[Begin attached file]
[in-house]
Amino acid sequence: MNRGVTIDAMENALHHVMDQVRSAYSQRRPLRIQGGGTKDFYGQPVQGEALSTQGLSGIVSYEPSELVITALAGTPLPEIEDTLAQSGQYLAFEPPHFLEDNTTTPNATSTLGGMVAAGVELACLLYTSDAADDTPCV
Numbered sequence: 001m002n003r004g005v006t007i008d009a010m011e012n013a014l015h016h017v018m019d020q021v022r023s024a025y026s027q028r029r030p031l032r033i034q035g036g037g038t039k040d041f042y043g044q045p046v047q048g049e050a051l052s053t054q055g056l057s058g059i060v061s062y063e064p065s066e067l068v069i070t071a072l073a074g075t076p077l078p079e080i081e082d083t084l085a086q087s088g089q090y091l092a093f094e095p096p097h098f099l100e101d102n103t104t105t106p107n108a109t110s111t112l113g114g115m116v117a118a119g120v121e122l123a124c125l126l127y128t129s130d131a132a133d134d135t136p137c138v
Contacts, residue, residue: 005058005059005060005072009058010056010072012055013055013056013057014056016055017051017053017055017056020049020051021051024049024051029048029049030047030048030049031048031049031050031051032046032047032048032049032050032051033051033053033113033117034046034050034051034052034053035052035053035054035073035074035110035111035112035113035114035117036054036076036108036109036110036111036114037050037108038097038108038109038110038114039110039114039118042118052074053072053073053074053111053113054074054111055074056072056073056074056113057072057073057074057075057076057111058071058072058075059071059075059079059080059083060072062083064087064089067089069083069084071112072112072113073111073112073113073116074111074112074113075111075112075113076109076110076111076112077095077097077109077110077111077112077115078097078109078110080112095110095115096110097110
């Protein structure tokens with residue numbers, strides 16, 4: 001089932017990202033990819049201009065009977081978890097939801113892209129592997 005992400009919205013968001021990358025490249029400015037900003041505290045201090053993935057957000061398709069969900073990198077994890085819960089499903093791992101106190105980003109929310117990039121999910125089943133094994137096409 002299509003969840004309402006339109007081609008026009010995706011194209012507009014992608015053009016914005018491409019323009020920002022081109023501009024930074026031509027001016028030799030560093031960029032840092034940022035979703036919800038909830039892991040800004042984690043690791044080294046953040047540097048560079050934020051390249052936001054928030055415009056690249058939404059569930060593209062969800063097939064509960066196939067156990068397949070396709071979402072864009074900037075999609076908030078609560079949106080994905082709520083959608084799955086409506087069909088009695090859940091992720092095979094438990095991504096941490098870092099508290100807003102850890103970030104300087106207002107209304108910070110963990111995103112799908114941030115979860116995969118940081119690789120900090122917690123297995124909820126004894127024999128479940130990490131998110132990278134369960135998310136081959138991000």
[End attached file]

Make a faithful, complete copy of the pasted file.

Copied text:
[in-house]
Amino acid sequence: MNRGVTIDAMENALHHVMDQVRSAYSQRRPLRIQGGGTKDFYGQPVQGEALSTQGLSGIVSYEPSELVITALAGTPLPEIEDTLAQSGQYLAFEPPHFLEDNTTTPNATSTLGGMVAAGVELACLLYTSDAADDTPCV
Numbered sequence: 001m002n003r004g005v006t007i008d009a010m011e012n013a014l015h016h017v018m019d020q021v022r023s024a025y026s027q028r029r030p031l032r033i034q035g036g037g038t039k040d041f042y043g044q045p046v047q048g049e050a051l052s053t054q055g056l057s058g059i060v061s062y063e064p065s066e067l068v069i070t071a072l073a074g075t076p077l078p079e080i081e082d083t084l085a086q087s088g089q090y091l092a093f094e095p096p097h098f099l100e101d102n103t104t105t106p107n108a109t110s111t112l113g114g115m116v117a118a119g120v121e122l123a124c125l126l127y128t129s130d131a132a133d134d135t136p137c138v
Contacts, residue, residue: 005058005059005060005072009058010056010072012055013055013056013057014056016055017051017053017055017056020049020051021051024049024051029048029049030047030048030049031048031049031050031051032046032047032048032049032050032051033051033053033113033117034046034050034051034052034053035052035053035054035073035074035110035111035112035113035114035117036054036076036108036109036110036111036114037050037108038097038108038109038110038114039110039114039118042118052074053072053073053074053111053113054074054111055074056072056073056074056113057072057073057074057075057076057111058071058072058075059071059075059079059080059083060072062083064087064089067089069083069084071112072112072113073111073112073113073116074111074112074113075111075112075113076109076110076111076112077095077097077109077110077111077112077115078097078109078110080112095110095115096110097110
């Protein structure tokens with residue numbers, strides 16, 4: 001089932017990202033990819049201009065009977081978890097939801113892209129592997 005992400009919205013968001021990358025490249029400015037900003041505290045201090053993935057957000061398709069969900073990198077994890085819960089499903093791992101106190105980003109929310117990039121999910125089943133094994137096409 002299509003969840004309402006339109007081609008026009010995706011194209012507009014992608015053009016914005018491409019323009020920002022081109023501009024930074026031509027001016028030799030560093031960029032840092034940022035979703036919800038909830039892991040800004042984690043690791044080294046953040047540097048560079050934020051390249052936001054928030055415009056690249058939404059569930060593209062969800063097939064509960066196939067156990068397949070396709071979402072864009074900037075999609076908030078609560079949106080994905082709520083959608084799955086409506087069909088009695090859940091992720092095979094438990095991504096941490098870092099508290100807003102850890103970030104300087106207002107209304108910070110963990111995103112799908114941030115979860116995969118940081119690789120900090122917690123297995124909820126004894127024999128479940130990490131998110132990278134369960135998310136081959138991000």